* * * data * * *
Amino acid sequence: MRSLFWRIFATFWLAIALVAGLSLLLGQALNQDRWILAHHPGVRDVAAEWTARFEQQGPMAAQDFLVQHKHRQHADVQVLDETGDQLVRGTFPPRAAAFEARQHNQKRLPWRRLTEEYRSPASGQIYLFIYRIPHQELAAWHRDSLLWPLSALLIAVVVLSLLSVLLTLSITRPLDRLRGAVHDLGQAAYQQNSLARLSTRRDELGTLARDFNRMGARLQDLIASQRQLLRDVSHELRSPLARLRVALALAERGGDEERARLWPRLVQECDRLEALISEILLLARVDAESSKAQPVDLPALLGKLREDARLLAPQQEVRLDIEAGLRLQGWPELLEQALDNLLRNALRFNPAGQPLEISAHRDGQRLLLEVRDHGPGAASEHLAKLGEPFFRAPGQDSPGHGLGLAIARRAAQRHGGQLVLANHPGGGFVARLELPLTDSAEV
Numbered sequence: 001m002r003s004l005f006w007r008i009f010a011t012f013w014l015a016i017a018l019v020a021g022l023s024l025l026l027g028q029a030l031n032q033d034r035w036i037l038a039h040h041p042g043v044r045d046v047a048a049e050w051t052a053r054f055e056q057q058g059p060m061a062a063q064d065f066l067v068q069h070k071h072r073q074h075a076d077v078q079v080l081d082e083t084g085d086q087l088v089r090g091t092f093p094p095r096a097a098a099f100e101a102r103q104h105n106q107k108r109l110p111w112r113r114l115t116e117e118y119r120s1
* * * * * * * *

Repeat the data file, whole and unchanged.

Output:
Amino acid sequence: MRSLFWRIFATFWLAIALVAGLSLLLGQALNQDRWILAHHPGVRDVAAEWTARFEQQGPMAAQDFLVQHKHRQHADVQVLDETGDQLVRGTFPPRAAAFEARQHNQKRLPWRRLTEEYRSPASGQIYLFIYRIPHQELAAWHRDSLLWPLSALLIAVVVLSLLSVLLTLSITRPLDRLRGAVHDLGQAAYQQNSLARLSTRRDELGTLARDFNRMGARLQDLIASQRQLLRDVSHELRSPLARLRVALALAERGGDEERARLWPRLVQECDRLEALISEILLLARVDAESSKAQPVDLPALLGKLREDARLLAPQQEVRLDIEAGLRLQGWPELLEQALDNLLRNALRFNPAGQPLEISAHRDGQRLLLEVRDHGPGAASEHLAKLGEPFFRAPGQDSPGHGLGLAIARRAAQRHGGQLVLANHPGGGFVARLELPLTDSAEV
Numbered sequence: 001m002r003s004l005f006w007r008i009f010a011t012f013w014l015a016i017a018l019v020a021g022l023s024l025l026l027g028q029a030l031n032q033d034r035w036i037l038a039h040h041p042g043v044r045d046v047a048a049e050w051t052a053r054f055e056q057q058g059p060m061a062a063q064d065f066l067v068q069h070k071h072r073q074h075a076d077v078q079v080l081d082e083t084g085d086q087l088v089r090g091t092f093p094p095r096a097a098a099f100e101a102r103q104h105n106q107k108r109l110p111w112r113r114l115t116e117e118y119r120s1